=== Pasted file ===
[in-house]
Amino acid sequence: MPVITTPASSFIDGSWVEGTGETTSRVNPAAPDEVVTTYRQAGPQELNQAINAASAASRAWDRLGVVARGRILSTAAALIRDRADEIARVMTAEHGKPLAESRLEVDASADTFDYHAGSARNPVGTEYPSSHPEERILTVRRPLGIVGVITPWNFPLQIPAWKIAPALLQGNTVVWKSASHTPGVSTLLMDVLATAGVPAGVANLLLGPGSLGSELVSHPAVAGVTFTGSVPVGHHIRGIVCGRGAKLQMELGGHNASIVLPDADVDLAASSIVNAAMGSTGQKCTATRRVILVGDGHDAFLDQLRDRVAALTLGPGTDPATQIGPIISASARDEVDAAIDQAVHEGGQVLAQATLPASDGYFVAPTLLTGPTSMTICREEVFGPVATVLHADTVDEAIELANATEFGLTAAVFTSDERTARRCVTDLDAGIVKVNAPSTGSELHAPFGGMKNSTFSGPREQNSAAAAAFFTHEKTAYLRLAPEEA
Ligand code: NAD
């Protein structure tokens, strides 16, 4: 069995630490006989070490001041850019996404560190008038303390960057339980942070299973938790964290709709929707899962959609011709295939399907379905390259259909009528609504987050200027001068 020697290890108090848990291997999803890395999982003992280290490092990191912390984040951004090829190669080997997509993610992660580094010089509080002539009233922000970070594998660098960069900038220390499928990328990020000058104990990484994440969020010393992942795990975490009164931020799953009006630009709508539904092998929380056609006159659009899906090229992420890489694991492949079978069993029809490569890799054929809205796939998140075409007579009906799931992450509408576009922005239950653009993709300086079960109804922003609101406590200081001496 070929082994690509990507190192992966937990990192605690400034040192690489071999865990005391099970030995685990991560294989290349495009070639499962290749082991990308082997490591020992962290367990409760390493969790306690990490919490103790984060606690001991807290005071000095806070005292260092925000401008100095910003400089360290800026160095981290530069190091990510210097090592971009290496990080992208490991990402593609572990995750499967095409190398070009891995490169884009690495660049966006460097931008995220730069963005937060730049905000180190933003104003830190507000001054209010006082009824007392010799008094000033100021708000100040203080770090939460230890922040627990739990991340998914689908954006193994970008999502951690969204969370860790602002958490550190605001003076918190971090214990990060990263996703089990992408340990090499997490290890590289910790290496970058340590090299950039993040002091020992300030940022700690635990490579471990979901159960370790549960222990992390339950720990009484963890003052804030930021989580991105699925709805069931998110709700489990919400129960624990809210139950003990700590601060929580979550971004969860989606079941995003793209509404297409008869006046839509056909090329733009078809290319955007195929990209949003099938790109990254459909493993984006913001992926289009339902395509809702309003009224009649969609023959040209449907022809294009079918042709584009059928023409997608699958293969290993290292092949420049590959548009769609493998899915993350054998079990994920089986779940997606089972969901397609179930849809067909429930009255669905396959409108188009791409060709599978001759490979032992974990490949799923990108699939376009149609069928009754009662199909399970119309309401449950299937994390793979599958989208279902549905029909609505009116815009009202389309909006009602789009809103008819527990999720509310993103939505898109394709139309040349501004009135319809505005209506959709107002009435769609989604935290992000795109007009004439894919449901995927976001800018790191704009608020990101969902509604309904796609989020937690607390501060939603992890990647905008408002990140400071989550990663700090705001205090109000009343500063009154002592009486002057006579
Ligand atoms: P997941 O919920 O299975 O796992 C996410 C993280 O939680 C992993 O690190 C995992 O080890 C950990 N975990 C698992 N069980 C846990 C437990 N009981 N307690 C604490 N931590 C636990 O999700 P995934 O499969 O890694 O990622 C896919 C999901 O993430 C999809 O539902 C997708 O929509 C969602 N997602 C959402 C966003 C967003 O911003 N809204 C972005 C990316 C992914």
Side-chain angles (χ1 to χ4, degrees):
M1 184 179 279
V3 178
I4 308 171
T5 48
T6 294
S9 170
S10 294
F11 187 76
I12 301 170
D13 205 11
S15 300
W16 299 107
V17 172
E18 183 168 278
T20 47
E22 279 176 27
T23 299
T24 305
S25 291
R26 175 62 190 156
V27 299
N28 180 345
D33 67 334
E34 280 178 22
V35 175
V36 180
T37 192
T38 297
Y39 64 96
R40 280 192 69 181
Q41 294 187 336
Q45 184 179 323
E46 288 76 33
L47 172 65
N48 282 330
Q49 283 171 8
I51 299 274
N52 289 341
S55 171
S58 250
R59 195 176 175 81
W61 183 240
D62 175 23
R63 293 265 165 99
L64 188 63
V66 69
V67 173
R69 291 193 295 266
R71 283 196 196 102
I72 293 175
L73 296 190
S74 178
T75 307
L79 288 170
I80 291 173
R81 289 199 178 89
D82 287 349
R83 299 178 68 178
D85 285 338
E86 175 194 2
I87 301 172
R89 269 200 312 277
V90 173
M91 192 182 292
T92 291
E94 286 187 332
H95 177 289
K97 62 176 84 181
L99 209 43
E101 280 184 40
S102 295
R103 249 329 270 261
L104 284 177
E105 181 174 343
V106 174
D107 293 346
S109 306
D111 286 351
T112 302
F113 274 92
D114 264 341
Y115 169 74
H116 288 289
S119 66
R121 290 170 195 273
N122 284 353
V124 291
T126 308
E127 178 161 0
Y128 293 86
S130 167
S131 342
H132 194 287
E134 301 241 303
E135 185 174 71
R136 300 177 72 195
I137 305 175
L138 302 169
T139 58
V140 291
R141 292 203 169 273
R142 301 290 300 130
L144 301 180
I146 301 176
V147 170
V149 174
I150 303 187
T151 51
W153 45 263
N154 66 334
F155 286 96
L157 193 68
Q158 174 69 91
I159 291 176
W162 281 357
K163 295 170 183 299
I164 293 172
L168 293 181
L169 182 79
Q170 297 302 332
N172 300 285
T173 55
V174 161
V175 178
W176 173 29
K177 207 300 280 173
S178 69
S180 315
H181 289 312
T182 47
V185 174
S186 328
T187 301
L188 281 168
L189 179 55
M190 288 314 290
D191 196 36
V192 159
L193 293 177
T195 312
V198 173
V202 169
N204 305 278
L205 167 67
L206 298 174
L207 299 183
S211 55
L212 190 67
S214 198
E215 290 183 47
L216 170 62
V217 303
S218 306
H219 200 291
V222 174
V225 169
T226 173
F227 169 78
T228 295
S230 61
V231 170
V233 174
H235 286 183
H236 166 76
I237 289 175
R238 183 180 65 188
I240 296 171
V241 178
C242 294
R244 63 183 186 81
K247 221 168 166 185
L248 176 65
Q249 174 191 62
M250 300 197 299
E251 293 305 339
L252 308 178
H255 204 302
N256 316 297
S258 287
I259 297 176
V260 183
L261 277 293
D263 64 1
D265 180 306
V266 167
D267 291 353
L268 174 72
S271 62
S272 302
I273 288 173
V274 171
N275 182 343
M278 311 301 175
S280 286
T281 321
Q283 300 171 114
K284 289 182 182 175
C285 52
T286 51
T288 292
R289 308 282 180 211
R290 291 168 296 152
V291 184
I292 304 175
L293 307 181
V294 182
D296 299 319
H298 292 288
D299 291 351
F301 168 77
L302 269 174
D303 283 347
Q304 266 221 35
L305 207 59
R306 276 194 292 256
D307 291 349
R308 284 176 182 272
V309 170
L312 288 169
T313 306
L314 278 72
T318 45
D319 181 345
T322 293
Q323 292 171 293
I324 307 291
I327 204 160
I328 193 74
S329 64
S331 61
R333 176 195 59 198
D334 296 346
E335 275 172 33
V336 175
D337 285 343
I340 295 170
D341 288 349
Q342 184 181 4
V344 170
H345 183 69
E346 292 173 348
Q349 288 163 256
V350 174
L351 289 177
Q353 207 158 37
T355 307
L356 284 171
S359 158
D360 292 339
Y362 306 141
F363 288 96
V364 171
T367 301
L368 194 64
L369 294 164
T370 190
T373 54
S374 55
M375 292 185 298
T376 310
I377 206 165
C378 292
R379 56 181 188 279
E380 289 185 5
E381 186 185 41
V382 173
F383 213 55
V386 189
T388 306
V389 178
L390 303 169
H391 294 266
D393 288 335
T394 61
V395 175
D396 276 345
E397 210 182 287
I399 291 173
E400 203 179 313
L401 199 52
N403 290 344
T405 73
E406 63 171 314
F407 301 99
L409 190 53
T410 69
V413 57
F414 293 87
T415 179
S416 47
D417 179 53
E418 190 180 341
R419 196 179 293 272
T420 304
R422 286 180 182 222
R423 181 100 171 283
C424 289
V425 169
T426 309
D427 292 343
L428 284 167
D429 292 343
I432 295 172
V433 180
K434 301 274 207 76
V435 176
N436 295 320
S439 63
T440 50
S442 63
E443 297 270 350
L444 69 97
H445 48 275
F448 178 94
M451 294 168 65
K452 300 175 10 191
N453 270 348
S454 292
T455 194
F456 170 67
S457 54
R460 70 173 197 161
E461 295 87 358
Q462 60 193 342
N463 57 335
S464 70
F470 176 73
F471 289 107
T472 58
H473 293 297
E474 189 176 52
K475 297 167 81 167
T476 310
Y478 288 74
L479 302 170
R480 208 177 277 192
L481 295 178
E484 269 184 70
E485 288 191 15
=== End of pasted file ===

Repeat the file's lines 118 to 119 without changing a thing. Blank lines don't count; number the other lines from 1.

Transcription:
L157 193 68
Q158 174 69 91